Social learning?the ability to learn from others?is essential for adaptive behavior. Humans not only receive social information, but also actively interpret it in light of the unobservable mental states of the person providing it (e.g., their knowledge, goals, and preferences). This ability to reason about others? mental states, known as Theory of Mind (ToM), allows humans to capitalize on sparse, imperfect social information. The central objective of this proposal is to characterize the neural computations that enable humans to use ToM to guide decision-making. Specifically, this proposal integrates computational models of ToM with fMRI to ask how the outputs of mental state inferences are represented in neural systems that support ToM and value-based decision-making (Aims 1 & 2) and how these systems interact to support flexible behavior (Aim 3). My dissertation work provides a computational account of how adults use mental state inferences to make decisions that benefit the self (Aim 1.1) and others (Aim 1.2). In recently published work, Aim 1.1 found that adults adjust their use of advice based on the advisor?s knowledge, intent, and strategy; participants? behavior was best described by a Bayesian ToM model that infers the value of a hidden option that is only known to the advisor.
Aim 1. 2 found that adults can generalize others? preferences to a set of novel options; these results suggest that adults? representations of others? preferences are grounded in abstract, generalizable features. This work has provided extensive training in computational models of cognition. Work proposed during the F99 phase will use fMRI to test hypotheses about the neural implementation of these computations. Building on Aim 1.1, Aim 2.1 tests whether neural value signals track the value of hidden options that must be inferred from advice. Building on Aim 1.2, Aim 2.2 tests whether the representational structure of patterns of activity shifts during choice, based on whether participants are considering their own or their partner?s preferences and on which features the person for whom they are choosing values. This work will provide extensive training in model-based fMRI and will capitalize on the tools and training available in my graduate institution to bring this work to a high standard of transparency and computational reproducibility. Work proposed in the F00 phase will examine how humans allocate cognitive resources to mental state inference. This work will test the overarching hypothesis that humans choose between mental state inference and other, simpler strategies by balancing mental effort with expected information gain. This work will build on my expertise in model-based fMRI by providing additional training in connectivity-based fMRI methods, information theory, and resource-rational cognitive models. In summary, the proposed work will yield new insights into computational and neural underpinnings of decision-making in social contexts and will provide the training needed for me to become an independent researcher at the forefront of social cognitive neuroscience.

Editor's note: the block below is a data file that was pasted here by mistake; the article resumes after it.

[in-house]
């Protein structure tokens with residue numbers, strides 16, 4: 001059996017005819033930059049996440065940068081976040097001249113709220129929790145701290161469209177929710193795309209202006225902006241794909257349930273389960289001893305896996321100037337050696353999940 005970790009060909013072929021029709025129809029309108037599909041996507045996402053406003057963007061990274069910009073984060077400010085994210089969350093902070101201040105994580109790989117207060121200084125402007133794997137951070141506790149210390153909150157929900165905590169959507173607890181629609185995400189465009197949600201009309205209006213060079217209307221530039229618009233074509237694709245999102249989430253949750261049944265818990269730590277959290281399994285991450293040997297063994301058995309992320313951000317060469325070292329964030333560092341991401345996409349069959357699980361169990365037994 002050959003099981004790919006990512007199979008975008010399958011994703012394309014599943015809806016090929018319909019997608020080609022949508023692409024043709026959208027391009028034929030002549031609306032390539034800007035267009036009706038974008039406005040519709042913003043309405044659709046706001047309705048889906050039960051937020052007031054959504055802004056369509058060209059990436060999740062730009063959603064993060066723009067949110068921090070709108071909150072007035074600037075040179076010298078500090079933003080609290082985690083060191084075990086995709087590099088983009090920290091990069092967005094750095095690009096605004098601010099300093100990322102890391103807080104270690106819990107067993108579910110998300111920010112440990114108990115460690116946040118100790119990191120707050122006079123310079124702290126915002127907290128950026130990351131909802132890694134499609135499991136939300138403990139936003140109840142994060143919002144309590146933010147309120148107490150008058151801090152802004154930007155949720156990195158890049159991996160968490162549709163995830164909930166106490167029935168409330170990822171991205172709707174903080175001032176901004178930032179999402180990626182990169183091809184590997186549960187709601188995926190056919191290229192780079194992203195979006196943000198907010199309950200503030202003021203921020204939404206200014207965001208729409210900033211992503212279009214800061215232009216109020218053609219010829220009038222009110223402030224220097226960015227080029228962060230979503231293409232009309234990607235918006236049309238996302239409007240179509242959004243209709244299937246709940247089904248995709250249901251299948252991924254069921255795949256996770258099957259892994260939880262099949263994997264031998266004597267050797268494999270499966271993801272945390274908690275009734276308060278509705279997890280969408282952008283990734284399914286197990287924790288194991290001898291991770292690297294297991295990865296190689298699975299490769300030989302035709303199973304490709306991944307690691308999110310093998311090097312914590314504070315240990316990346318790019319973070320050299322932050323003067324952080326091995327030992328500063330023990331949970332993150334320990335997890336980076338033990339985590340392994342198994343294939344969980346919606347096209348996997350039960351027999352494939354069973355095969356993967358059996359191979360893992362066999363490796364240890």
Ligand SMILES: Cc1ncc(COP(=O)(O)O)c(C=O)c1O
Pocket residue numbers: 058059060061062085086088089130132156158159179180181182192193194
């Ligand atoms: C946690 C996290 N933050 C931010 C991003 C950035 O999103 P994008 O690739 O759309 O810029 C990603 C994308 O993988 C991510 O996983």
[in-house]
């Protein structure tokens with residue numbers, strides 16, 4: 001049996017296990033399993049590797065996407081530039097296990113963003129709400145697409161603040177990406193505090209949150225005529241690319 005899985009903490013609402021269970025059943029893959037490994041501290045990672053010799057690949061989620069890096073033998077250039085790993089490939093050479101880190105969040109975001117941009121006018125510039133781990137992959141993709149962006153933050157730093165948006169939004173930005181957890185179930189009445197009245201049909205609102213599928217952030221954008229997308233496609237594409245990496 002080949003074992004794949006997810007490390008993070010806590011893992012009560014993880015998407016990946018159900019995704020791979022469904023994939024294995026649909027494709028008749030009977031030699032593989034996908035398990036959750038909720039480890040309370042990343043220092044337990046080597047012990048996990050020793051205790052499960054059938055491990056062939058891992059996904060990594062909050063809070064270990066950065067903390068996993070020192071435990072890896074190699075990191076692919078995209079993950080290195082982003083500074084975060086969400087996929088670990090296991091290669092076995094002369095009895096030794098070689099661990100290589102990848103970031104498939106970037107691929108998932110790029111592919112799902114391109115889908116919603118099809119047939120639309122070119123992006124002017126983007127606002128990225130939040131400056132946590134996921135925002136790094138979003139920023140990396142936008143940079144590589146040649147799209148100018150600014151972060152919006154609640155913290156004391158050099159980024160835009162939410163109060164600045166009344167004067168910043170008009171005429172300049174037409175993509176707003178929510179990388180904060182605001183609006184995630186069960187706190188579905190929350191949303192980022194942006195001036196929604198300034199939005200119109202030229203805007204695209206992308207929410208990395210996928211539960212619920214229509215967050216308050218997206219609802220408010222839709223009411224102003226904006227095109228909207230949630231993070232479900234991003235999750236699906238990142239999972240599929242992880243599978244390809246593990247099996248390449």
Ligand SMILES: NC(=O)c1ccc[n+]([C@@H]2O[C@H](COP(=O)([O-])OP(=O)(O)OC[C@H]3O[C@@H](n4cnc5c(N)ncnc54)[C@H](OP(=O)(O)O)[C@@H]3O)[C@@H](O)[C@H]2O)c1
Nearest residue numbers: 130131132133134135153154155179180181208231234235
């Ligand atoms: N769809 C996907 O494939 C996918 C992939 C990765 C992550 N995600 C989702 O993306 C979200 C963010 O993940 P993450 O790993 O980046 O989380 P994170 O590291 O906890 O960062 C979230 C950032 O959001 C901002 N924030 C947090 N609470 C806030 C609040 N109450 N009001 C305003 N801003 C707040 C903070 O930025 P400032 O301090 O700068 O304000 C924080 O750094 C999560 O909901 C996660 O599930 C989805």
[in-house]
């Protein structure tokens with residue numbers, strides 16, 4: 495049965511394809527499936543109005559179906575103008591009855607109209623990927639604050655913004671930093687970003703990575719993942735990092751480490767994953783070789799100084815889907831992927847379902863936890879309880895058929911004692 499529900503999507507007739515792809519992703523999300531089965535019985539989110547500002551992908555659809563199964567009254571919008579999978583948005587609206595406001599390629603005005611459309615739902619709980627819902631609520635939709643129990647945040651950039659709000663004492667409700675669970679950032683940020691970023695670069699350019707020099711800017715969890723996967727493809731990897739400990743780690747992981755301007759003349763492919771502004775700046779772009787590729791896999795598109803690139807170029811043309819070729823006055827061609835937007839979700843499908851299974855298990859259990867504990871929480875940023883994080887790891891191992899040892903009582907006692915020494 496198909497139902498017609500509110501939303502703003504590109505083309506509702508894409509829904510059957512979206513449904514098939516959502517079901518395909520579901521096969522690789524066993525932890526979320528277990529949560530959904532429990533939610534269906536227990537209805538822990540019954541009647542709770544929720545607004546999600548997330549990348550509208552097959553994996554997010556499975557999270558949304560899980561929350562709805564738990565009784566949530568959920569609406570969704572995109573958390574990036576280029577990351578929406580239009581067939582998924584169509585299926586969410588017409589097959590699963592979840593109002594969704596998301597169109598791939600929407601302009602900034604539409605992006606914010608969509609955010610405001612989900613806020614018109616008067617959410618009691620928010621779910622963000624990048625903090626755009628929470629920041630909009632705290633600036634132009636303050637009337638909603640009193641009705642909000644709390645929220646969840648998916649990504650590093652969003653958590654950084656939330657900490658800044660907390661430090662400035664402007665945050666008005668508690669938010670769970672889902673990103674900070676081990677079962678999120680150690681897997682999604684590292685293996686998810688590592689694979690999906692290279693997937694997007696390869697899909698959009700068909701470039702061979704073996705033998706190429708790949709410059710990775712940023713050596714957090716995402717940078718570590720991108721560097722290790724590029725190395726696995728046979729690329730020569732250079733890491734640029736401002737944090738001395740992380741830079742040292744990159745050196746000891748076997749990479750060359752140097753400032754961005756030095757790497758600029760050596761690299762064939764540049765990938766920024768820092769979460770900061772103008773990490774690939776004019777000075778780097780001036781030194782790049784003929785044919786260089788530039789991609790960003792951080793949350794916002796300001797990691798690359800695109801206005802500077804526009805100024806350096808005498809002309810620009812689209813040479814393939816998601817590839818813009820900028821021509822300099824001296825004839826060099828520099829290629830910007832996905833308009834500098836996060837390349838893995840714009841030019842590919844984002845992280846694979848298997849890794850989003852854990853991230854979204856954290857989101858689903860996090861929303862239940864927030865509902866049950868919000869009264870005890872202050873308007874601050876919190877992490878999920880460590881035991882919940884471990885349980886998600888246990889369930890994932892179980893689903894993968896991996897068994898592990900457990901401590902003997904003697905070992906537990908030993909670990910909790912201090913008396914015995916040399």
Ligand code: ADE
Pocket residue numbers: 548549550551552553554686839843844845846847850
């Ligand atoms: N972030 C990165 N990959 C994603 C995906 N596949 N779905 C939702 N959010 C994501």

Public Health Relevance

The advice of peers, medical professionals, and online sources has a profound impact on individuals' most important health decisions, such as what to eat, when to seek treatment, and whether to immunize. This proposal investigates the cognitive and neural mechanisms that enable humans to incorporate social information into their decisions by reasoning about the unobservable mental states of the person providing it, such as the person's knowledge, goals, and preferences. The proposed work has the potential to significantly improve human health by shedding light on the factors that drive individuals to accept social information and to consider its source, which will in turn spur advances in evidence-based interventions, inform public health policy, and promote a well-informed public.

National Institute of Health (NIH)
National Institute of Neurological Disorders and Stroke (NINDS)
Project #
Application #
Study Section
Special Emphasis Panel (ZNS1)
Program Officer
Jones, Michelle
Project Start
Project End
Budget Start
Budget End
Support Year
Fiscal Year
Total Cost
Indirect Cost
Stanford University
Schools of Arts and Sciences
United States
Zip Code